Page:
When I was a kid, my mother could always yelled at me for getting grass stains on my pants. I was one of those kids that loved to roll down the hill in my backyard (It was big too! Who could blame me?) I’d come inside, she’d see the green marks and I’d get told off. It wasn’t my fault that grass chose to stain my clothing. I was simply enjoying the beautiful weather and I stayed out of her hair for a couple of hours.
I returned from a photoshoot with a good friend of mine a couple weeks ago and noticed the green marks littering my jeans just below the knee. Oops. It had briefly crossed my mind that I would get grass on my pants when I was shooting, but I didn’t care.
I was taking pictures of my friend’s recently release service dog in training when this unfortunate event happened. I got down on my hands and knees for a few of the shots, looking for the perfect one.
I wouldn’t have gotten shots like this had I not laid down in the grass. Sure I could have knelt and gotten something close, but it wouldn’t have been the same. Shots taken just a bit higher didn’t capture the relationship between dog and human as well as ones taken at eye level.
Some people will try to get away with not getting up close and personal when taking the shots. If they want to do it that way, that’s fine. But they aren’t going to get that perfect shot. They might get a something close, but it won’t be THE shot.
So my out-take from this experience? Get your pants dirty. Don’t worry about the grass stains. If you get to them soon enough they will come out. Wear your old jeans if you are worried about ruining your clothes. It’s worth it.
There are some situations that no matter what you do, it is ridiculously difficult to get a good photo. This Sunday, I was faced with one of those situations. I went to the GHJA Banquet with my barn to support the riders who won something and to be the designated photographer. I’ve been doing action photos for the barn since I graduated high school and got a nice SLR as a present, so I was asked to also take photos at the banquet.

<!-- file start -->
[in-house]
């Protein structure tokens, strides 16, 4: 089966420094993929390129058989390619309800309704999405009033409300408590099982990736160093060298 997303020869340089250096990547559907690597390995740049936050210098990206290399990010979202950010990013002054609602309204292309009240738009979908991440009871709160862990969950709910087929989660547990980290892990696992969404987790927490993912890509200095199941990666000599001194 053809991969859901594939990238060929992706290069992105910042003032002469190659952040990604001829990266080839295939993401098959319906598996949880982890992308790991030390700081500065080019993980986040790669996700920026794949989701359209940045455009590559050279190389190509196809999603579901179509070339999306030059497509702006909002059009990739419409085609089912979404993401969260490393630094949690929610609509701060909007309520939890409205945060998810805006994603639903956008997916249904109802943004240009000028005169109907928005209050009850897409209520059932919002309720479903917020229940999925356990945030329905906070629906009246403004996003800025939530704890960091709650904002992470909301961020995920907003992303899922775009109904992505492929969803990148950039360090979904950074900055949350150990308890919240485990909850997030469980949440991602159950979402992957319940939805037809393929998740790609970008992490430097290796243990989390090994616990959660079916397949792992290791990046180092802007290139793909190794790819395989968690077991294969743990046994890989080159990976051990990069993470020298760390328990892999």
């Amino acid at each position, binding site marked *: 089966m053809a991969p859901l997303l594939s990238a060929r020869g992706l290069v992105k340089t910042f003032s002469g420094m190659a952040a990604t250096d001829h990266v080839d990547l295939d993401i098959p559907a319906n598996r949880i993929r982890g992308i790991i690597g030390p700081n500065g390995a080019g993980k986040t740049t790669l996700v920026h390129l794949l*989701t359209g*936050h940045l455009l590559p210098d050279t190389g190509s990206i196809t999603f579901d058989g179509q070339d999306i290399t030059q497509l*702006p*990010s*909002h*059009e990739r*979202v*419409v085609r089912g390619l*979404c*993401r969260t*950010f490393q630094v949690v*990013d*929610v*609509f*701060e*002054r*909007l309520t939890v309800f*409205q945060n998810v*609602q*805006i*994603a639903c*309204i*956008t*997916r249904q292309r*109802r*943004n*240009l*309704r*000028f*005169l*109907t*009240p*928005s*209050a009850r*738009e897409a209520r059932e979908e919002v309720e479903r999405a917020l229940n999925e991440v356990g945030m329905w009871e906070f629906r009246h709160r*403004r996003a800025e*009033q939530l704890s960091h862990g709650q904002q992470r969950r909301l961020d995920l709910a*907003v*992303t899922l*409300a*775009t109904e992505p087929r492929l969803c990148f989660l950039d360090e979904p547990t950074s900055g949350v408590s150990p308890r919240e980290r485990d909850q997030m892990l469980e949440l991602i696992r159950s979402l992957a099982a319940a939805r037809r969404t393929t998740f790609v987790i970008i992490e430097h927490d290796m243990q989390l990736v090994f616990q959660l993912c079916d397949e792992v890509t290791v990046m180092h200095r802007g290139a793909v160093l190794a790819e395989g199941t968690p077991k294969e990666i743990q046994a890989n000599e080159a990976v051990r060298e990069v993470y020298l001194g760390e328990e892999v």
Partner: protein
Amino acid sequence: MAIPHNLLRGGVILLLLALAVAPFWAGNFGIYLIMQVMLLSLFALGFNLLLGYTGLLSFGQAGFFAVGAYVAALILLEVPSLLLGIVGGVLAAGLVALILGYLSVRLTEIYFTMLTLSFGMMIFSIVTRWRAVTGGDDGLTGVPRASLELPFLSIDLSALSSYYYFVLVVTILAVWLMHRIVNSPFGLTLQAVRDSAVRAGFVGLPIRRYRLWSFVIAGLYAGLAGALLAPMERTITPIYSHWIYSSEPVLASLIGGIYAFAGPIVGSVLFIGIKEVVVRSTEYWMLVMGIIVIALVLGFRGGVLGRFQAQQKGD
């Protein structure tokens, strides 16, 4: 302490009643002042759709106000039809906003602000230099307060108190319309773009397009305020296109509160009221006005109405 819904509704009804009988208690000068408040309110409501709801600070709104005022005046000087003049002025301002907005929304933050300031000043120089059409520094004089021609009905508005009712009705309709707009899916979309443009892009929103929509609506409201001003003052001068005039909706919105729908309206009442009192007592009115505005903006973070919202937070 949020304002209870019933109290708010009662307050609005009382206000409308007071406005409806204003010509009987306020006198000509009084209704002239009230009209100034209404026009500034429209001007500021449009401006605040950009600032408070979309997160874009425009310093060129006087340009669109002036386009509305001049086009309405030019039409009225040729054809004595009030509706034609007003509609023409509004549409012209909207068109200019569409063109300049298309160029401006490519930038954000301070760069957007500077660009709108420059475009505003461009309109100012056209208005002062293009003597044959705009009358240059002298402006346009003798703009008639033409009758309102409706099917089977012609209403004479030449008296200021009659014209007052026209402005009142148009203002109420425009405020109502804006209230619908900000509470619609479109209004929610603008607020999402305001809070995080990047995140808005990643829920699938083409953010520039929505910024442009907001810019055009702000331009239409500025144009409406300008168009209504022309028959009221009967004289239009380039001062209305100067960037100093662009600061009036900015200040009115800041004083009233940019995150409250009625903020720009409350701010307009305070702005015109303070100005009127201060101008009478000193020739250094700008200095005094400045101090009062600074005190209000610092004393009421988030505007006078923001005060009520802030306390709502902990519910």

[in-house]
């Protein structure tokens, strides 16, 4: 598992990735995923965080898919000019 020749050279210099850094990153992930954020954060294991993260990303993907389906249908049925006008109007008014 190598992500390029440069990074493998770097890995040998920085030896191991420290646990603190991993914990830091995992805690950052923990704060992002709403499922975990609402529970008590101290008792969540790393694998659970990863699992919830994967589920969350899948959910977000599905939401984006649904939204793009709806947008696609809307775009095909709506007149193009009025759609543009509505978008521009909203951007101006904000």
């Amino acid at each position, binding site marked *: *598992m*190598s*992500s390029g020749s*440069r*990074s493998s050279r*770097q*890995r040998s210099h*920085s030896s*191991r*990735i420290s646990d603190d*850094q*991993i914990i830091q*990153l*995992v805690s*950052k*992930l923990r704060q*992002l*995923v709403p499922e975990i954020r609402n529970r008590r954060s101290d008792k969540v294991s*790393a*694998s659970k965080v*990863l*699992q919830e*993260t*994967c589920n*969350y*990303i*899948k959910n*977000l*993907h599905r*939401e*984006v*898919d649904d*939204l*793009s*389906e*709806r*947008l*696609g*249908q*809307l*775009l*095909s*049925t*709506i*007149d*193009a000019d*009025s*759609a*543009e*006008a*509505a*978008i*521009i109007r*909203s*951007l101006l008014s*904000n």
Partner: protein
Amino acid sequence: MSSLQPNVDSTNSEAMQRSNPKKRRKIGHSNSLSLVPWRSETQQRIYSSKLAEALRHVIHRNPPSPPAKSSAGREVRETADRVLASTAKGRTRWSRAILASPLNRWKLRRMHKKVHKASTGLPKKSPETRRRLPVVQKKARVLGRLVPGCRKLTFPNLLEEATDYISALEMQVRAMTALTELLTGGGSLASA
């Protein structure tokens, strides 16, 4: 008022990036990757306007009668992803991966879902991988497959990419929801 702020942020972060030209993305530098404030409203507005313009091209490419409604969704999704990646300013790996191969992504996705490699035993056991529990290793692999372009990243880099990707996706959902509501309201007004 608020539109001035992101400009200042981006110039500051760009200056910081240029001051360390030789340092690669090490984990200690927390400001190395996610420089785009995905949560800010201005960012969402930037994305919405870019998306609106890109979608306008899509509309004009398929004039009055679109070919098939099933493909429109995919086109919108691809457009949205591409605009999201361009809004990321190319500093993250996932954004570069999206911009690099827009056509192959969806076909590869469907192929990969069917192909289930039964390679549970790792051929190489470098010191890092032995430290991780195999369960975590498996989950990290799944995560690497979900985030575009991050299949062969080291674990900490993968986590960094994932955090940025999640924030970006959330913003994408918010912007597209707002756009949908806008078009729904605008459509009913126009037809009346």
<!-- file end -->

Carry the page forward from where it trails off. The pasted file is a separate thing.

Everything that could possibly go wrong did. After making sure that my camera was charged and that I had a SD card that had enough open space, I left it at home. Turns out I’m not very good at remembering to grab things when my puppy is trying to go with me so that she doesn’t have to listen to my mom scream at the TV because her football team suddenly forgot how to hold onto the ball.
Luckily, the friend I rode to the banquet with let me borrow her husband’s camera. While it was nicer than my small digital camera, it wasn’t nearly as nice as my SLR. I had forgotten how much I had come to rely on the little things that my SLR is capable of. However, as my photojournalism professor preached, I took what I knew and applied it to a less proficient camera.
Even if I had remembered my SLR, taking pictures in this setting would have been miserable at best. The entire set up was not ideal for picture taking. Low lighting required the use of a flash which washes out colors and destroys the little details that makes photos fantastic. Not only was the lighting low, but what little light there was, was behind the subjects. This resulted in an awkward halo effect around everyone.
Next big issue involved with photographing groups of people is that nobody seems to be able to smile at the same time or look in the same direction. So in every single one of the photos, everybody’s eyes are going in different directions and somebody is probably making a funny smile. I could deal with the bad lighting, but when we moved onto group photos, this is when I desperately missed my SLR. A few swift clicks of the button would have yielded me twenty photos within a few seconds of each other, meaning that maybe a couple of photos would end up looking okay.
Luckily, Photoshp can help me with some of the lighting issues and I can do some small adjustments on eyes so that the photos don’t look completely ridiculous. But I did learn the importance of adapting to my situation and doing the best I could with the equipment I had to use. However, next time, I will make sure that I remember my SLR so that I might have an easier time with it.